several cell lines. Vitamin K2 has been shown to have anti-cancer properties against many cancer
cell lines, including those of liver, lungs, colorectum, stomach and breast. In fact, dietary levels of
vitamin K are associated inversely with advanced prostate cancer.
Vitamin K2 has also been reported to have inhibitory activity on hepatocellular carcinoma cell lines
by suppressing cellular division. It also has the ability to induce apoptosis in certain cancer cells, an
ability that is associated with the p53 status in these cells.
Cell death is observed to be induced in cancer cells by vitamin K3 in combination with vitamin C through
oxidative stress, lipid peroxidation, calcium regulation and modification of ATP levels. This has been
extensively studied in bladder cancer cell lines.
4. Vitamin D
Vitamin D includes vitamins D2 (ergocalciferol) and D3 (cholecalciferol), and is a known anticancer
micronutrient which acts through the regulation of different genes by vitamin D receptor. The mode
of action of this vitamin against cancer ranges from inhibition of cell cycle progression and tumor
growth by preventing cellular proliferation to induction of apoptosis and acting on cellular adhesion
molecules and growth factors that are involved in tumorigenesis.
The development of vasculature to provide nutritional support to the rapidly dividing cells is one of
the hallmarks of a progressing cancer. Vitamin D3 is known to inhibit angiogenesis in several cancer
cell lines. Vitamin D also promotes antioxidant activity, as oxidative damage to cellular genetic material
is also commonly seen in cancer cells and promotes development of mutations that give the cancer
cells a selective advantage over others.
Autophagy is a process which allows a cell to survive in stress conditions like oxygen and nutrient
deprivation. It is important for preventing progression of tumors in vivo and is regulated by vitamin
D. When cancers in the early stages are treated with vitamin D, cellular transformation induces
autophagy, as a result of which the damaged chromosome! and organelle debris are cleared. Later,
proteins like p53 initiate cellular repair processes if the cell is still in the initial phases of cancer
development, or otherwise, trigger cellular death.
A major fat-soluble vitamin, vitamin E may prevent cancer by decreasing the formation of mutagens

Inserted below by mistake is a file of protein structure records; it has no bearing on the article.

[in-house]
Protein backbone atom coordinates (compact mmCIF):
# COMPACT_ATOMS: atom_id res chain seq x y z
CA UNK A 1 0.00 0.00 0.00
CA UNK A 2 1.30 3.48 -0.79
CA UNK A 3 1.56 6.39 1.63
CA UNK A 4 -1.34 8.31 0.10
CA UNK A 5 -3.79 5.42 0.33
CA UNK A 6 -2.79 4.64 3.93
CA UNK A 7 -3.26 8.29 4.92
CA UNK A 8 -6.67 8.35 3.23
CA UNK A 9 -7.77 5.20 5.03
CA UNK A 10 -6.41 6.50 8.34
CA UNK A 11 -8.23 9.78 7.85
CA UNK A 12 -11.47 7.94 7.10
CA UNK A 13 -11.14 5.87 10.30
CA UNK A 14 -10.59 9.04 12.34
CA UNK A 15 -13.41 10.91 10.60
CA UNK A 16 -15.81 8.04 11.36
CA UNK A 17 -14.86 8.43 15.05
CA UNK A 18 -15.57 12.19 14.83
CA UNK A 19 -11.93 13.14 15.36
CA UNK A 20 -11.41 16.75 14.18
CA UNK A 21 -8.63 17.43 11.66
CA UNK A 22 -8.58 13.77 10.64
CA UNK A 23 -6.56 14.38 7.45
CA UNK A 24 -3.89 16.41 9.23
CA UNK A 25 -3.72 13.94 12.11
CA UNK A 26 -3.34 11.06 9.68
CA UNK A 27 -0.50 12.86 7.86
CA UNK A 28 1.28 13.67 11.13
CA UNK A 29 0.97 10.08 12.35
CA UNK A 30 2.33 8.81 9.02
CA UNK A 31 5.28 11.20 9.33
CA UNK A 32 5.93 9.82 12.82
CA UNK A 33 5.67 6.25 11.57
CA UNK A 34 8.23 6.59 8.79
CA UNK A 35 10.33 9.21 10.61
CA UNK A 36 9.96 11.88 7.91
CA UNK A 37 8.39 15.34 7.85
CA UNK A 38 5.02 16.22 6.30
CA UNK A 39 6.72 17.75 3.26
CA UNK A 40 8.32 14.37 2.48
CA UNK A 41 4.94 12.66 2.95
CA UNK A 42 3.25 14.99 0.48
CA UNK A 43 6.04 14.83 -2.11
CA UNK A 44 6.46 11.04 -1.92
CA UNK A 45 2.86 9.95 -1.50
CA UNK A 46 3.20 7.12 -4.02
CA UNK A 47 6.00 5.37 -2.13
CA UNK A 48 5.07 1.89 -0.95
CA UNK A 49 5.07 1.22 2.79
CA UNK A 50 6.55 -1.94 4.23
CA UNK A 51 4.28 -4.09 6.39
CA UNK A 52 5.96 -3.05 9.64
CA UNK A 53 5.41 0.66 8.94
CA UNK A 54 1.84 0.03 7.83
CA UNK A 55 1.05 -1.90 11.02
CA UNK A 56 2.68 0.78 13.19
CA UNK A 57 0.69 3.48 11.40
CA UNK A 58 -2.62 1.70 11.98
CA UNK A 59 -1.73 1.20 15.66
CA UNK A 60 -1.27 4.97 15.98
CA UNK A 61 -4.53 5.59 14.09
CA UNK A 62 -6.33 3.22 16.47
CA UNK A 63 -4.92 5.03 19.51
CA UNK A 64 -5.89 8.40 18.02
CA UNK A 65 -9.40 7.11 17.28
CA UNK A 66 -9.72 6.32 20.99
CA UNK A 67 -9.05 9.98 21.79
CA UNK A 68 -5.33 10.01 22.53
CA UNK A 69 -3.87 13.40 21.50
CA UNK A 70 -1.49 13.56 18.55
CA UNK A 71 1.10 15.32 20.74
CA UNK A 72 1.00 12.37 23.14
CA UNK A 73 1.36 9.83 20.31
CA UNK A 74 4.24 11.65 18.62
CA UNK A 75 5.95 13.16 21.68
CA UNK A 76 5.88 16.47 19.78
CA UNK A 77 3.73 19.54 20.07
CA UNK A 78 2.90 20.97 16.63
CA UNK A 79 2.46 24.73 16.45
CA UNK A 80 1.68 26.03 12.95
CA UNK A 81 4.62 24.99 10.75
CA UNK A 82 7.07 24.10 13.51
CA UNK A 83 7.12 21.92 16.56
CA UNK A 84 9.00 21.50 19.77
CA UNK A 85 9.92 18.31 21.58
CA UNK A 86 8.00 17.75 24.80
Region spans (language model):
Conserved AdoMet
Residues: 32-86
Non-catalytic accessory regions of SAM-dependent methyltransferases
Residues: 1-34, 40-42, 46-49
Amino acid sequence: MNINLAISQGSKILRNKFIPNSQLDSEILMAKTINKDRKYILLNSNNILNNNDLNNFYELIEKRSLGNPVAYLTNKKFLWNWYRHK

that arise due to oxidation of lipids, as well as reducing the oxidative stress in the epithelial cells.
This antioxidant vitamin also modulates apoptosis, cell cycle and transcriptional events.
Over-intake of vitamins also linked to cancer?
There have been studies that implicate high doses of certain vitamins in association with cancer,
especially when toxicity occurs in the presence of other risk factors for cancer. For instance, as per
some studies, high doses of vitamin C in the presence of arsenic trioxide has been linked to serious
side effects and disease progression in Acute Myeloid Leukemia, refractory metastatic colon cancer,
as well as metastatic melanoma. Further, high dosage of vitamin C taken along with some chemotherapeutic
drugs can also increase the toxicity. Yet other studies have shown that the use of multivitamins is
over-hyped and that it confers no known benefit with respect to preventing chronic disorders in healthy
individuals. Also, the World Cancer Research Fund and the American Institute for Cancer Research
have ruled against using dietary supplements for preventing cancer.
Certain studies have indicated that while the consumption of multivitamins is associated with
decreased risk of some cancers like those of the colon and bladder, it may also lead to higher
chances of Non-Hodgkin's lymphoma. Thus, in long term, use of multivitamins may slightly increase
the risk of cancer but do not cause any major harm on short term.
The possible effects, beneficial or harmful, of vitamins with respect to cancer are still under investigation.
However, other benefits of vitamins are well known, as their deficiencies are linked with serious
consequences. Further, the possible harms also arise due to over-intake of these micronutrients. Hence,
within the dietary recommended values, the intake of vitamins is beneficial for overall health. The best
way is to consume them from naturally grown fruits and vegetables rather than resorting to supplements
unless a doctor has prescribed them. Within limits, vitamins will play wonders for your health!